When I saw that MotherTalk was looking for reviewers of this book, I tried to be calm and collected about expressing my interest in participating--but, by this time I'm sure my desperate blocked-self was showing through. I've been reviewing books for almost three years now, and I have read absolutely everything on creative writing and the artistic process (and then some). What Getting Unstuck does that so many others have not is focus on the particularly complex role of gender in women's creative silences. The other key aspect of this book that I found so unique is that it is not specific to one creative outlet--it can be used by women who are painters, sculptors, jewelers, musicians, photographers, designers, and women in academe or in the grant or dissertation writing process. In this way, the book has a true diversity and appeal--even for those of us who feel we've "seen it all" by way of creative kickstarts.
O'Doherty gives insight into her own personal issues as a blocked-writer and then uses a series of composites of her actual clients to round out women's experiences and disciplines. In addition, readers are led through a chronological series of exercises designed to "constitute their artistic autobiography" and help to dismantle their blocked state. Getting Unstuck Without Coming Unglued addresses how gender roles perpetuate female silences, how fears of being seen may equate for some with fears of abuse, and how romantic relationships and sexuality intersect with expression. The section on mothering and creativity struck a chord for me in my current summer-situation, especially with the quote, "And, ironically, now that I'm in touch with so much richness and nerve, I can barely find the time to write a grocery list, much less an essay." Yes, my summer has been incredibly rich...but no, I haven't been able to articulate it (hence my month away from onscreen life).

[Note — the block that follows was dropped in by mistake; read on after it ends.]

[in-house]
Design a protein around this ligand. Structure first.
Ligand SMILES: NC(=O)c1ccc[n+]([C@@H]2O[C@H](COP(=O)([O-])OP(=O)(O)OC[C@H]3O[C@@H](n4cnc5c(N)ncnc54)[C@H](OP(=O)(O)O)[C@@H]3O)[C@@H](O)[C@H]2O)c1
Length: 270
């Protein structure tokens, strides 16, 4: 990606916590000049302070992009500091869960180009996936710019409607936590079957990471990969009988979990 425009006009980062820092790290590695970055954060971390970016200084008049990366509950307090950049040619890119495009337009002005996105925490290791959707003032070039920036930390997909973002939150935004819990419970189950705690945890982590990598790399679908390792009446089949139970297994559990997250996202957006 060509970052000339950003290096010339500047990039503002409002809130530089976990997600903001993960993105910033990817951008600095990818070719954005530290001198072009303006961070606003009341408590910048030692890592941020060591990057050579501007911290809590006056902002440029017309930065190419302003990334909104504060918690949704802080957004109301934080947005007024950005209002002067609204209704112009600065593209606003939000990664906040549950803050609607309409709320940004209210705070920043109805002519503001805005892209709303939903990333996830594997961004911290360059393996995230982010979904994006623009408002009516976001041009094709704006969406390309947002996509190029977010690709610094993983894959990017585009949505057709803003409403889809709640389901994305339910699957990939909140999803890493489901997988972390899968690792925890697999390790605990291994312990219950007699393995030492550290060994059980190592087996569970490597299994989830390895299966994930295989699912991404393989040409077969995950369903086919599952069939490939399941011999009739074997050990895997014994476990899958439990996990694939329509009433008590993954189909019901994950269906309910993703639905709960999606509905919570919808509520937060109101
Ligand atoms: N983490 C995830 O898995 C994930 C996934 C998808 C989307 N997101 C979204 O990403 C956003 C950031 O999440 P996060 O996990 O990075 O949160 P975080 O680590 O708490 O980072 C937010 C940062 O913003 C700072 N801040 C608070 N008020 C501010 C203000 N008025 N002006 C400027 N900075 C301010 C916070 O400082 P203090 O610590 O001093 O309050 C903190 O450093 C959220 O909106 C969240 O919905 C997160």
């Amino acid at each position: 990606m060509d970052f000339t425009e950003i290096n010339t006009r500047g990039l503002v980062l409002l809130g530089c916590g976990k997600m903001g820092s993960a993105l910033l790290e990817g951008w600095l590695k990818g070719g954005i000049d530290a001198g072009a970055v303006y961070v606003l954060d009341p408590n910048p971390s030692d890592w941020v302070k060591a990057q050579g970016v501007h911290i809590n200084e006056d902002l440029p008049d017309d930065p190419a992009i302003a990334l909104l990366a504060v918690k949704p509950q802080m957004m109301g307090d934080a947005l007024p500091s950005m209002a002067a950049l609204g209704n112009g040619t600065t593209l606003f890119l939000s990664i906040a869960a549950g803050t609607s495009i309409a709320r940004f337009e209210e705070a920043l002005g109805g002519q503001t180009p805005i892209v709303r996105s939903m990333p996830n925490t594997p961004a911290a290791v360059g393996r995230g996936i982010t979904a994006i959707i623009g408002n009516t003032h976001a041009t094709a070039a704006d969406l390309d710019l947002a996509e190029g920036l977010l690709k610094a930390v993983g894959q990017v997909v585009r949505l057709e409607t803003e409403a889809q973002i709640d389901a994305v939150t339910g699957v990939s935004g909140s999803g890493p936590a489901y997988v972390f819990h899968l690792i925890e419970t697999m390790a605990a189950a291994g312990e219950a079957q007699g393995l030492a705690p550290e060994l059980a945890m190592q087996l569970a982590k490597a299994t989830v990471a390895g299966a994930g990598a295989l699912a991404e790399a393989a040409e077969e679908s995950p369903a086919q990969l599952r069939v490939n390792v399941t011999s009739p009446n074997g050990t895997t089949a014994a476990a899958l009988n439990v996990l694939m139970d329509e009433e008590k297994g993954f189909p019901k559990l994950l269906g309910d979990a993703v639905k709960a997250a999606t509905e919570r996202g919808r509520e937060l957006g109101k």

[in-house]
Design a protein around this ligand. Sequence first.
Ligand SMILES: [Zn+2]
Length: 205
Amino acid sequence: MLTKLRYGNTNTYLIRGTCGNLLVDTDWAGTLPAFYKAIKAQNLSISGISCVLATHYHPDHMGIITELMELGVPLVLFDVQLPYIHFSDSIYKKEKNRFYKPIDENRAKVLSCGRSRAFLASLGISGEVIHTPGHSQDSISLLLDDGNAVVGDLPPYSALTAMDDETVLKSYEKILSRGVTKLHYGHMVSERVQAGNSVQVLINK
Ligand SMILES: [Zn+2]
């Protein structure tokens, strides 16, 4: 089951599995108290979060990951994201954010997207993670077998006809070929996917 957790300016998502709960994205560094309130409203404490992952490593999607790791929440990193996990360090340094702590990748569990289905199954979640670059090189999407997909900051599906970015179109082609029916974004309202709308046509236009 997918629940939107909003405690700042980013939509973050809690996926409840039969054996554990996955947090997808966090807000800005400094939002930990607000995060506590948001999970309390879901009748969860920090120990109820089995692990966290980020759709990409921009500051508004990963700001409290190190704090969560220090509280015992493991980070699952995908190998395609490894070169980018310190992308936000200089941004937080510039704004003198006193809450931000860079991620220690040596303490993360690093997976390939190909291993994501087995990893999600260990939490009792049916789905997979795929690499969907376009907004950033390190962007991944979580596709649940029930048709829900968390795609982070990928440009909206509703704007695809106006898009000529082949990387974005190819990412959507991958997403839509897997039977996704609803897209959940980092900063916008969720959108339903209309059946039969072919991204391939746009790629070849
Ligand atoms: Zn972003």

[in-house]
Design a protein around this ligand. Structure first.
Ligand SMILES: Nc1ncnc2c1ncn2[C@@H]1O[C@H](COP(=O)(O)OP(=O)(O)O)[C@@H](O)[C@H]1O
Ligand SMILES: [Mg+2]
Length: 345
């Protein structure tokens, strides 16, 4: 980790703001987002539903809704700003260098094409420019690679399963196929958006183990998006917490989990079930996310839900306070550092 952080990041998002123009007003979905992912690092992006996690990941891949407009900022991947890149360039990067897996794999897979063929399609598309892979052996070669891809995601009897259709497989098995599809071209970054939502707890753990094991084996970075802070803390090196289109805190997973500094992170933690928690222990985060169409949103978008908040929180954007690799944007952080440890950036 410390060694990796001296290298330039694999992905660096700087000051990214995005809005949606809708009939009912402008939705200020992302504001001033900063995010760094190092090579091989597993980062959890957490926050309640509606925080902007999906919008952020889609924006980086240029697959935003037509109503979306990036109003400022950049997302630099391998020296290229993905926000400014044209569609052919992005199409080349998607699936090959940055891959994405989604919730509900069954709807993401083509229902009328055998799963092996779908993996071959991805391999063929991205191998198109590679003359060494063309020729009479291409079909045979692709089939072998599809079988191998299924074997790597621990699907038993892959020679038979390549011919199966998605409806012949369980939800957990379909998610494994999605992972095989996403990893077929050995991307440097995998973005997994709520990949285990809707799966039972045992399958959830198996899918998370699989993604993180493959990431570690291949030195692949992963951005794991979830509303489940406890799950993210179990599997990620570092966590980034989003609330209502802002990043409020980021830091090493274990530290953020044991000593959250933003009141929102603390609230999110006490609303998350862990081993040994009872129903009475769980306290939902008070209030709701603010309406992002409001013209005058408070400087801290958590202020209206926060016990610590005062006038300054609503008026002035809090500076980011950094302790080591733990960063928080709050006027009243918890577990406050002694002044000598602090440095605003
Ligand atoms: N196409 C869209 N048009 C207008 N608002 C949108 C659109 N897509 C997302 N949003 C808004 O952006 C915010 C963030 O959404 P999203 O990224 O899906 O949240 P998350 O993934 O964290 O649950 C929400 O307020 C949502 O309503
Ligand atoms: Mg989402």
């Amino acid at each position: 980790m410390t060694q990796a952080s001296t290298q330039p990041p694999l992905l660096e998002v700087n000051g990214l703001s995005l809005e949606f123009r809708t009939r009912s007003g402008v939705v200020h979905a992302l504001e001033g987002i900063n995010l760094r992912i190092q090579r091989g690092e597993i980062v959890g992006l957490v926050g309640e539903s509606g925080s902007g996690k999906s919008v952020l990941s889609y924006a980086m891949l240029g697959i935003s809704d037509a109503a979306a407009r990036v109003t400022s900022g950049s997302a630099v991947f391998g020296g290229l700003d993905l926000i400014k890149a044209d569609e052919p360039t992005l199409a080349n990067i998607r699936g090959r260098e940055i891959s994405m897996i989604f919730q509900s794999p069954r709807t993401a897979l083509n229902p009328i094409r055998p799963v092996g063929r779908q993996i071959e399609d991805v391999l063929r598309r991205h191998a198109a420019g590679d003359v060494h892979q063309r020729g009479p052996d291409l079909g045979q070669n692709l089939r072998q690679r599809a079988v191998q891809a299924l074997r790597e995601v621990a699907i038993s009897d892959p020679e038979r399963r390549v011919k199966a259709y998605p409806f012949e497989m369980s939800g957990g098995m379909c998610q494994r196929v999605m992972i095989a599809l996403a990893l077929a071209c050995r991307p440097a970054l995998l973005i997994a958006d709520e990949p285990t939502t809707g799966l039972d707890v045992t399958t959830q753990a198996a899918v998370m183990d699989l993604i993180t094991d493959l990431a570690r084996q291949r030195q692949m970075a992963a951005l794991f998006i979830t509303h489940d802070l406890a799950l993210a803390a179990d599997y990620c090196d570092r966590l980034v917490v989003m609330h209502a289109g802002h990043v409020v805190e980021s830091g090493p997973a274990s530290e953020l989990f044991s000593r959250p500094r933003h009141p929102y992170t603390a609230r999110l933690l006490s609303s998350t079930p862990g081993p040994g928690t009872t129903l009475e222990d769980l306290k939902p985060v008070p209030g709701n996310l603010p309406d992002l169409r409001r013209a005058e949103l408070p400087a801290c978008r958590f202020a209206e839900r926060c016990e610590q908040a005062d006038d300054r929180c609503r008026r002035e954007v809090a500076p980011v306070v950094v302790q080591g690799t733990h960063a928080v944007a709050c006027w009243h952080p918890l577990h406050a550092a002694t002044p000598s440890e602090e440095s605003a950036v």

This book broke me through my customary routine with creative self-help books, where I skim along the surface completing the exercises as I feel they apply to me. O'Doherty issues a warning at the opening of Getting Unstuck suggesting that the ones we are most reluctant to do are the ones we may need most. Calling attention to this directly got me to engage in each one as it came along...I can honestly say that I have now looked at personal reasons why my writing has slowed down right on the edge of possibly breaking through. It is deeper than "I'm short on time" or "I'm exhausted"...for all of us who struggle with creative silences. I recommend Getting Unstuck Without Coming Unglued to any woman who is ready to fully understand her creative process from the inside out.
As for me, the summer semester wrapped up on the last day of July, and I spent one full week decompressing and resting up without expecting too much of myself. Last week, I started writing again--baby-stepping my way back into the wild thickets of my novel. I am not able to say that I am officially "unblocked" yet, but I know I accomplished more in five days than I had in the seven weeks prior. A rain-soaked Tuesday presents itself to me...children still sleeping, my notebook and pen at my left side, that cup of tea on the right. So now, if you'll excuse me, I've got some work to do...